But this is the reductio ad absurdum, for nothing exists without a cause. The organs are not the man. The man is prior to the organs. From first to last is the order of sickness as well as the order of cure. From man to his organs and not from organs to the man.

The combination of the will and the understanding, constitute man; conjoined they make life and activity they manufacture the body and cause all things of the body. With the will and understanding operating in order we have a healthy man.

The will is expressed in the face ; its result is implanted on the countenance. The countenance then is expressive of the heart. Allopathic pathology recognizes nothing but man's body. The homoeopath must master these things before he can perceive the nature of the cause of disease and before he can understand what cure is.

It is the sole duty of the physician to heal the sick. It is not his sole duty to heal the results of sickness, but the sickness, itself, when the man himself has been restored to health, there will be restored harmony in the tissues and in the activities. Then the sole duty of the physician is to put in order the interior of the economy i.e., the will and understanding conjoined.

Tissue changes are of the body and are the results of disease. They are not the disease. Hahnemann once said, "There are no diseases, but sick people," from which it is clear that Hahnemann understood that the diseases so called, e.g., Bright's disease, liver disease, etc. were but the grosser forms of disease results, viz., appearances of disease.

There is first disorder of government, and this proceeds from within outward until we have pathological changes in the tissues. In the practice of medicine today, the idea of government is not found, and the tissue changes only are taken into account. He who considers disease results to be the disease itself, and expects to do away with these as disease, is insane.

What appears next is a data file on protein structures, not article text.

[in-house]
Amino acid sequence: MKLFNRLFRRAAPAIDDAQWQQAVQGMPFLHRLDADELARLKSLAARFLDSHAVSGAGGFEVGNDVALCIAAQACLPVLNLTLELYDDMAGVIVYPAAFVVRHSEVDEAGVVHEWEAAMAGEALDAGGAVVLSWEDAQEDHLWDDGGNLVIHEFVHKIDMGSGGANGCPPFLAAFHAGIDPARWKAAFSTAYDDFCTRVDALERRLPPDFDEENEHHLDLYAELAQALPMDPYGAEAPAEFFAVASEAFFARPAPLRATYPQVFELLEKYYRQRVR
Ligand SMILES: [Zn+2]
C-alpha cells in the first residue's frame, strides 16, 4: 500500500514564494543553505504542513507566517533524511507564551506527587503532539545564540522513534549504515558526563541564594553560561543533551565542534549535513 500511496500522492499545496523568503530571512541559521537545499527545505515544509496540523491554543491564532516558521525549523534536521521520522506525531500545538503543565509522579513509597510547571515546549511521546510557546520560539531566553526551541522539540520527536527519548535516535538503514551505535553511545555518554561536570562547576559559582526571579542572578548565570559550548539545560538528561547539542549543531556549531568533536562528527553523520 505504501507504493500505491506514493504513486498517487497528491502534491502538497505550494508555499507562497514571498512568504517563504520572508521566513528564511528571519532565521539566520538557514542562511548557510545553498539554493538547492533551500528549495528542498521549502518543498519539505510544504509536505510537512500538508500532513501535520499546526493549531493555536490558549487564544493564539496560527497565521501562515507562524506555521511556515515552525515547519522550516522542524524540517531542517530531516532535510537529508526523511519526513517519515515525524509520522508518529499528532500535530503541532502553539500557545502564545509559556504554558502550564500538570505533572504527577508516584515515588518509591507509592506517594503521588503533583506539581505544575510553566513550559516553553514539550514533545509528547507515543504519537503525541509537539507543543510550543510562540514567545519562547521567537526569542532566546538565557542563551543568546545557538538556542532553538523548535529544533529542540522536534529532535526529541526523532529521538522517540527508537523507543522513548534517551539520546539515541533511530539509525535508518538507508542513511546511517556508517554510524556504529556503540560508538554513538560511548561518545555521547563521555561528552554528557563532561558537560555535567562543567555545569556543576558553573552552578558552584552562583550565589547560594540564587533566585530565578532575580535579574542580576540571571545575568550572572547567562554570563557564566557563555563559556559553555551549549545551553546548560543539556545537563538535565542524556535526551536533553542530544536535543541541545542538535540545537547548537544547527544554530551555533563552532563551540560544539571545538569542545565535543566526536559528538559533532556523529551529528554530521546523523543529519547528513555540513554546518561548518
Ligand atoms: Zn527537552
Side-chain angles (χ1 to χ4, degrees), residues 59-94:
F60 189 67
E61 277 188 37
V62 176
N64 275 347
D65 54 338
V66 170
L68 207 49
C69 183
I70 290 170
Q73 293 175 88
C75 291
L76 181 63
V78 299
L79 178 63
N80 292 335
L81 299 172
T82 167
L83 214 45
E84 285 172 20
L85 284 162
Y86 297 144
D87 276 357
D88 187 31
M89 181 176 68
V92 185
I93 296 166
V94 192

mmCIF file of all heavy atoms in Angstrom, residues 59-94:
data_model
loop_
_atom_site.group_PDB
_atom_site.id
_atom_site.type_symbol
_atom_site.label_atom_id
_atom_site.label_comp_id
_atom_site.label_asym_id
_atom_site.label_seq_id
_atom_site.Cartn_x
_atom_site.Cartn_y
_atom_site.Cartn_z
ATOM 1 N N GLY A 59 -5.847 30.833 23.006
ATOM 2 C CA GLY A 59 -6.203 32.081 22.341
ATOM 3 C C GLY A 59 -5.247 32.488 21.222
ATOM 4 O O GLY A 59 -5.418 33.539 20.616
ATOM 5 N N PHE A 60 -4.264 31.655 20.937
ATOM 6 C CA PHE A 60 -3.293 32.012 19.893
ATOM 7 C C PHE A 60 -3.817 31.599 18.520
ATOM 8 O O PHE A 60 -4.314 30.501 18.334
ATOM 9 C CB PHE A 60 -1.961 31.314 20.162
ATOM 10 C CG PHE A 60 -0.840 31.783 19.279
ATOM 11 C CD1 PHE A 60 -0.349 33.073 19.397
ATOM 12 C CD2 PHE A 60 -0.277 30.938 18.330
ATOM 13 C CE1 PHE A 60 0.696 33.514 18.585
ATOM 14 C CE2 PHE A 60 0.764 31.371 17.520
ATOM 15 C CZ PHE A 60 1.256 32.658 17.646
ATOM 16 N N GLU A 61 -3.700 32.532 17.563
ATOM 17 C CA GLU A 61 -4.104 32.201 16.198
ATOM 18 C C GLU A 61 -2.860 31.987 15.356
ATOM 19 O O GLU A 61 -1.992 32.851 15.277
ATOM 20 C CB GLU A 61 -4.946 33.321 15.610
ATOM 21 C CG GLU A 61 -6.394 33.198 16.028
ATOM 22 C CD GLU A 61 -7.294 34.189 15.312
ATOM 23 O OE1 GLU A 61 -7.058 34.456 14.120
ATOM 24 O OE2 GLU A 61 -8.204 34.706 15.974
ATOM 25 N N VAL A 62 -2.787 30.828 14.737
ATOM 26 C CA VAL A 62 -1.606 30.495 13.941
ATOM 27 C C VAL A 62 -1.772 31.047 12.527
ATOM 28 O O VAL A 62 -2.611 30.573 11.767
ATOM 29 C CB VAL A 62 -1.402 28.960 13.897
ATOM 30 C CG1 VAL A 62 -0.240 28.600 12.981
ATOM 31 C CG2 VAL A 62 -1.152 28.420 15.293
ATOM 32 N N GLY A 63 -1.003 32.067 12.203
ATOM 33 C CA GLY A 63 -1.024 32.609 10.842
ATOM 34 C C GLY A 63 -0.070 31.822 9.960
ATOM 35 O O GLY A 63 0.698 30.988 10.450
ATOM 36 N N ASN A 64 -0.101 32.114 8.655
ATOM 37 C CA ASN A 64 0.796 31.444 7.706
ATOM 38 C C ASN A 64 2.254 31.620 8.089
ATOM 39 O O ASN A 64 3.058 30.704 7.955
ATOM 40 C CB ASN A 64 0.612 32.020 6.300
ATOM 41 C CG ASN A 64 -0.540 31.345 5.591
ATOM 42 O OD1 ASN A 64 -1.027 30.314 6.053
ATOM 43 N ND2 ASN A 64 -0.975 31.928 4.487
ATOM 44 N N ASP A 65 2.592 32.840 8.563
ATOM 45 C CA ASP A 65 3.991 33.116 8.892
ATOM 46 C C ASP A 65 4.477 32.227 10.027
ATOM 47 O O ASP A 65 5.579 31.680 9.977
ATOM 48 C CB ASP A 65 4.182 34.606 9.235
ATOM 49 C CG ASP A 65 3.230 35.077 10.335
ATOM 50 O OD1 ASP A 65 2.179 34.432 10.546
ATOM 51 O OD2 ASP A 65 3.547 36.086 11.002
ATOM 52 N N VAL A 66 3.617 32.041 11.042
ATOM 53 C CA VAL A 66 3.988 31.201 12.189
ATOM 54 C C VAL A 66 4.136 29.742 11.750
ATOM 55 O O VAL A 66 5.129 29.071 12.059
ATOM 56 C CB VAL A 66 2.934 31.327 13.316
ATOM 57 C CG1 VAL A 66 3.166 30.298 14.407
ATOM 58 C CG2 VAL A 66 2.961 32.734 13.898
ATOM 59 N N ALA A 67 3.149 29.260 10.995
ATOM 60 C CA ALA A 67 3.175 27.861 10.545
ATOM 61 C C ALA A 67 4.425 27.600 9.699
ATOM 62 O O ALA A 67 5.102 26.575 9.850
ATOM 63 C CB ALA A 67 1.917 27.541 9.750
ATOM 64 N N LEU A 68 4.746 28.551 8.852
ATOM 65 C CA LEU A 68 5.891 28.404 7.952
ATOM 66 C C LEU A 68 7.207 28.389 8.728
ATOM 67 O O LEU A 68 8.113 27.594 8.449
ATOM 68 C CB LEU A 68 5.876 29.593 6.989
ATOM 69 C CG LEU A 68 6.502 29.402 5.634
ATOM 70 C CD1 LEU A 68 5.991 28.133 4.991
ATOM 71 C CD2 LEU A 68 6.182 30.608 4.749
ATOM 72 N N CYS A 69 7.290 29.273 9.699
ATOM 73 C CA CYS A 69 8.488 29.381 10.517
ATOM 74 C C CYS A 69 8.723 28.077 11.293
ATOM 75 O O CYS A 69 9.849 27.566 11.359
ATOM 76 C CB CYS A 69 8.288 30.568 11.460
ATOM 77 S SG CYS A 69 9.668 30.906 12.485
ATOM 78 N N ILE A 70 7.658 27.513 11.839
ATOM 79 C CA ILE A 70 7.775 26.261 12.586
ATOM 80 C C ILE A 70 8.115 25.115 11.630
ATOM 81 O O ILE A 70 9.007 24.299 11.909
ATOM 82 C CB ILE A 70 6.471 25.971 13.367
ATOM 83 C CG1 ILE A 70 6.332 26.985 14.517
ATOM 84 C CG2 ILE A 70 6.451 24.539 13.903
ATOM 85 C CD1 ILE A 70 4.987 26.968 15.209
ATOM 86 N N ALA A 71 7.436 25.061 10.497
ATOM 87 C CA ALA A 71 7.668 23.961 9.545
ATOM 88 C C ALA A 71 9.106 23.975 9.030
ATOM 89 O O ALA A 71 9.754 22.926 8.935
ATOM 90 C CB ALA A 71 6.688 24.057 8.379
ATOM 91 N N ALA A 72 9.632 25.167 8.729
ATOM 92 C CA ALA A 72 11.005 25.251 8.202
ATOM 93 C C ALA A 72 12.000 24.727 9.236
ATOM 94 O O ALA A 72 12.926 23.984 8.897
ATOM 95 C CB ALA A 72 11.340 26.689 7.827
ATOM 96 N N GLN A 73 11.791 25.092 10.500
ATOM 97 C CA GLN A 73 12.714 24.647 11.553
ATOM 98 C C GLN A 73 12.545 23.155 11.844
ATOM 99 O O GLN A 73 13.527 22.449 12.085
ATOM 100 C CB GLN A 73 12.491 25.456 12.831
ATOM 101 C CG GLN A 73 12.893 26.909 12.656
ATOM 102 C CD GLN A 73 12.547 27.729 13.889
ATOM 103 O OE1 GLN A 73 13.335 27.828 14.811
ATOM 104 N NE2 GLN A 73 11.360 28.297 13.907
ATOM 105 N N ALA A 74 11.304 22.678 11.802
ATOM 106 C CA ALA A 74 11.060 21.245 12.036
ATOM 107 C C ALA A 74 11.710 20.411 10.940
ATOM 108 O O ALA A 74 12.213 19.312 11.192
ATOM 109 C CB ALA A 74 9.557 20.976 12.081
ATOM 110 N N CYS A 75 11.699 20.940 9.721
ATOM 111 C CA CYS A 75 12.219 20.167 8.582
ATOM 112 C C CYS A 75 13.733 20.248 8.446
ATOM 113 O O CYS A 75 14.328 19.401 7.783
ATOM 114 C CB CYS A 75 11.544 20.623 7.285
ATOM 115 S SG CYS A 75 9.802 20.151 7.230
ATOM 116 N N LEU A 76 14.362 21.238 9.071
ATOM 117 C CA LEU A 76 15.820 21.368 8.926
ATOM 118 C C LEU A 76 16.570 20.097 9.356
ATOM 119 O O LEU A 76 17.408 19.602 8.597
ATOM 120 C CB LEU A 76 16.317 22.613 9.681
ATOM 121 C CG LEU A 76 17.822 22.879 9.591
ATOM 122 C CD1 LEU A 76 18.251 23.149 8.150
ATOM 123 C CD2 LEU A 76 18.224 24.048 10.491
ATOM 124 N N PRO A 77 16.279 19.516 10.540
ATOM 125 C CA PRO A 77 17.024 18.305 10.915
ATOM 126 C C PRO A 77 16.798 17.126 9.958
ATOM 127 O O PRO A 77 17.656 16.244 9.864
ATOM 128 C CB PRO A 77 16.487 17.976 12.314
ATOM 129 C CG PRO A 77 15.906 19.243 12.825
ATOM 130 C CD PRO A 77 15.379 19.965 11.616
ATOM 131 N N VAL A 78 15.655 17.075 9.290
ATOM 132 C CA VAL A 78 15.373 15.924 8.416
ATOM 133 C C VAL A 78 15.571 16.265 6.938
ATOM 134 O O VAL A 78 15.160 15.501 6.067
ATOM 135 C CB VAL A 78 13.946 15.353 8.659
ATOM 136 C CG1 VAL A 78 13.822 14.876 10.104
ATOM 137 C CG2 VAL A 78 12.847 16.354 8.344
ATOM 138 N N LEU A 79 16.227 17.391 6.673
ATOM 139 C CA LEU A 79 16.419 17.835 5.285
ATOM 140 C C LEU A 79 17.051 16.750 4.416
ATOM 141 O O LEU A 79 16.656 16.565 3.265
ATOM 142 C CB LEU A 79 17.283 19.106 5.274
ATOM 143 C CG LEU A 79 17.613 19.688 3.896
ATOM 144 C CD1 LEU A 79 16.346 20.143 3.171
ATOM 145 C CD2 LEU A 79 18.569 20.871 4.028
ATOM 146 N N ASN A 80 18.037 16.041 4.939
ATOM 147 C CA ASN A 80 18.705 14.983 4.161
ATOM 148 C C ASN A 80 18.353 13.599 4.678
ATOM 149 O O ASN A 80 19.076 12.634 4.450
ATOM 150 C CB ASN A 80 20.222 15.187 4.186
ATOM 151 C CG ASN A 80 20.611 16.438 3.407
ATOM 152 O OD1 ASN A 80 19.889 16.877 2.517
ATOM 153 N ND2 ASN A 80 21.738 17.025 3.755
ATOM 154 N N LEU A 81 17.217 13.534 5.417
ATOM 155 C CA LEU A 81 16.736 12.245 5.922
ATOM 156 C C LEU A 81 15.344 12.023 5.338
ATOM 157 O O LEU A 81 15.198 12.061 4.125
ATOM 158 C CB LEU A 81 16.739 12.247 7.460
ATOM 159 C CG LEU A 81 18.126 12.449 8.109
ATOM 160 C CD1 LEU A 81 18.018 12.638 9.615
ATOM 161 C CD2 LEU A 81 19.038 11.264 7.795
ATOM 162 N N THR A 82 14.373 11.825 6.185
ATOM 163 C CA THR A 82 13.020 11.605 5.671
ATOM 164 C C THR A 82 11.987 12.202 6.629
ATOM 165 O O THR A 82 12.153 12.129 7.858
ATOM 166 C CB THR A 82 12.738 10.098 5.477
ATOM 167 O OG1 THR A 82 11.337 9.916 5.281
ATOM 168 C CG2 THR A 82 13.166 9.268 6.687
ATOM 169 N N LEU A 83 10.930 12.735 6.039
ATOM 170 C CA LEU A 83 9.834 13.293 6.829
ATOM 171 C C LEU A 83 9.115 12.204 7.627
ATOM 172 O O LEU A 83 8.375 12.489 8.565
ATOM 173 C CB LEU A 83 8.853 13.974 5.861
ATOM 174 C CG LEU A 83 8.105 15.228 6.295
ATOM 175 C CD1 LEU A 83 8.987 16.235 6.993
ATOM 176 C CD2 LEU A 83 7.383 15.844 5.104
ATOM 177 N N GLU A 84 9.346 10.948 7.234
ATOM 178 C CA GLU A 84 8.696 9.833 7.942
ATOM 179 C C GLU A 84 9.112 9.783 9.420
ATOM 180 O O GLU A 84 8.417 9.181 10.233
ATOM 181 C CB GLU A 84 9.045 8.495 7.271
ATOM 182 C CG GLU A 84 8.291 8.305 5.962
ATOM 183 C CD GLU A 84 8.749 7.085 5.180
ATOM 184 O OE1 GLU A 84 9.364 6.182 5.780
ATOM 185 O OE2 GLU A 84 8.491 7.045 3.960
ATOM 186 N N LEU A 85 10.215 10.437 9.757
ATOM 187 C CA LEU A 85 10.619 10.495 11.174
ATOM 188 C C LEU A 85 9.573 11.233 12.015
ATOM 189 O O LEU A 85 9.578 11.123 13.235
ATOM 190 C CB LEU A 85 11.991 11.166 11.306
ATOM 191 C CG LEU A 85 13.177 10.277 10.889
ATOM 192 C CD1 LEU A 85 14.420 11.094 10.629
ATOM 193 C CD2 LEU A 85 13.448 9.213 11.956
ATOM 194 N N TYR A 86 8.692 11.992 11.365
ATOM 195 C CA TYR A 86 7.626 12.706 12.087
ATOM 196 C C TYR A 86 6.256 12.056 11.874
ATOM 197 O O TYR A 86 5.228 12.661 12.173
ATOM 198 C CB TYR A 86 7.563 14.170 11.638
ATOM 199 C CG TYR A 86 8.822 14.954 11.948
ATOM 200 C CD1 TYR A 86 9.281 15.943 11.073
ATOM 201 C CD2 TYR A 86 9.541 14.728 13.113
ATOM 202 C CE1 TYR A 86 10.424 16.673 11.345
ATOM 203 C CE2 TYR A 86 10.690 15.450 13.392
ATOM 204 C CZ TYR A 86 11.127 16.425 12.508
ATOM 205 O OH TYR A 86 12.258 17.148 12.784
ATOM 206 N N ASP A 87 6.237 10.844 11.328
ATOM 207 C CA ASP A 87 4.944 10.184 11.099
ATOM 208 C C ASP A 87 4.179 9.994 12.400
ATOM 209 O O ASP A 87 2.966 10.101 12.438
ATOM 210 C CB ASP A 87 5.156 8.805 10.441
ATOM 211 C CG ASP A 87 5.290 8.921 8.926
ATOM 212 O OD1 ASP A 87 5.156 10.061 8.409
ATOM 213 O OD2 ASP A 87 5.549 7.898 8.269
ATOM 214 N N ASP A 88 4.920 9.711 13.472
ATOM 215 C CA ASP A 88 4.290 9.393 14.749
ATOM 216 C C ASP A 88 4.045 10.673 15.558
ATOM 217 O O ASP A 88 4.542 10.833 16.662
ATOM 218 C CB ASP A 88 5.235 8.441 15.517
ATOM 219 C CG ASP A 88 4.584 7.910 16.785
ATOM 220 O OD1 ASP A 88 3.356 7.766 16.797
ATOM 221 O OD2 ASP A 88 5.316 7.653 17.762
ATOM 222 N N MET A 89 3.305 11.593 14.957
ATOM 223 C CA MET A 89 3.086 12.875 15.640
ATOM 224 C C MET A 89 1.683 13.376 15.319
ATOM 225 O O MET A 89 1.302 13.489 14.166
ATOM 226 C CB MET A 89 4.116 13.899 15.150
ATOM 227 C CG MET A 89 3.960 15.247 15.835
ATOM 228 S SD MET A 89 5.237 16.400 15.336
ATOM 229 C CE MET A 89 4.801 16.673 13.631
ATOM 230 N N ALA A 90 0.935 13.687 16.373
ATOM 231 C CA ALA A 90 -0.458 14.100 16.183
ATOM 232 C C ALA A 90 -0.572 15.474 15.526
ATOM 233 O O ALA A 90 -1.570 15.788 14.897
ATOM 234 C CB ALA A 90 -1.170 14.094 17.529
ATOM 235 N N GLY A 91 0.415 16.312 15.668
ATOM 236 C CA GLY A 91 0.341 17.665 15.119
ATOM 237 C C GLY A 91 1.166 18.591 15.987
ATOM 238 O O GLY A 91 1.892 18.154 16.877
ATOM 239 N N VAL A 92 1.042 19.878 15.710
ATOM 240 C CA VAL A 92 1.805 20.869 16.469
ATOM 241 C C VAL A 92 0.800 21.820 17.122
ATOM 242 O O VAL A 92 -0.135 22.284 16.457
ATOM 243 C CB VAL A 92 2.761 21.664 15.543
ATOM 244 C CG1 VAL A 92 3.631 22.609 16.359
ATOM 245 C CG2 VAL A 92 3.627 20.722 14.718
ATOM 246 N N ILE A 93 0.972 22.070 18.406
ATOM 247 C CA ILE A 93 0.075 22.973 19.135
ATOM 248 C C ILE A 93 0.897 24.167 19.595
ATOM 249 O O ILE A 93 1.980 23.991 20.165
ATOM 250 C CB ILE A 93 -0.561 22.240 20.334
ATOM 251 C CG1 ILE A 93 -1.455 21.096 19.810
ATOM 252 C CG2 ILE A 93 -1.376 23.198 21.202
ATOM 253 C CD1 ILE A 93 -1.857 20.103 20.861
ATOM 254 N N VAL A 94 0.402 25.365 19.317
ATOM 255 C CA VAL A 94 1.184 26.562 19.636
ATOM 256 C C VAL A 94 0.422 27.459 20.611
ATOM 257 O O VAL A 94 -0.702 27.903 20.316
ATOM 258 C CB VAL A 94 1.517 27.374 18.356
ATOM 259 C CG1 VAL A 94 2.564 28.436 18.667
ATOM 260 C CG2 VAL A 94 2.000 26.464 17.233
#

The bacteria are results of disease. In the course of time we will be able to show perfectly that the microscopical little fellows are not the disease cause, but that they come after, that they are scavengers accompanying the disease, and that they are perfectly harmless in every respect.

They are the outcome of the disease, are present wherever the disease is, and by the microscope it has been discovered that every pathological result has its corresponding bacteria. The Old School consider these the cause, but we will be able to show that disease cause is much more subtle than anything that can be shown by a microscope.

In a note under para one, Hahnemann says: "The physician's mission is not, however, to construct so called systems, by interweaving empty speculations and hypotheses concerning the internal essential nature of the vital processes and the mode in which diseases originate in the invisible interior of the organism," etc.

We know that in the present day people are perfectly satisfied if they can find the name of the disease they are supposed to have, an idea cloaked in some wonderful technicality. Prescribing for the results of disease causes changes in the results of disease, but not in the sickness except to hurry its progress.


No comments:

Post a Comment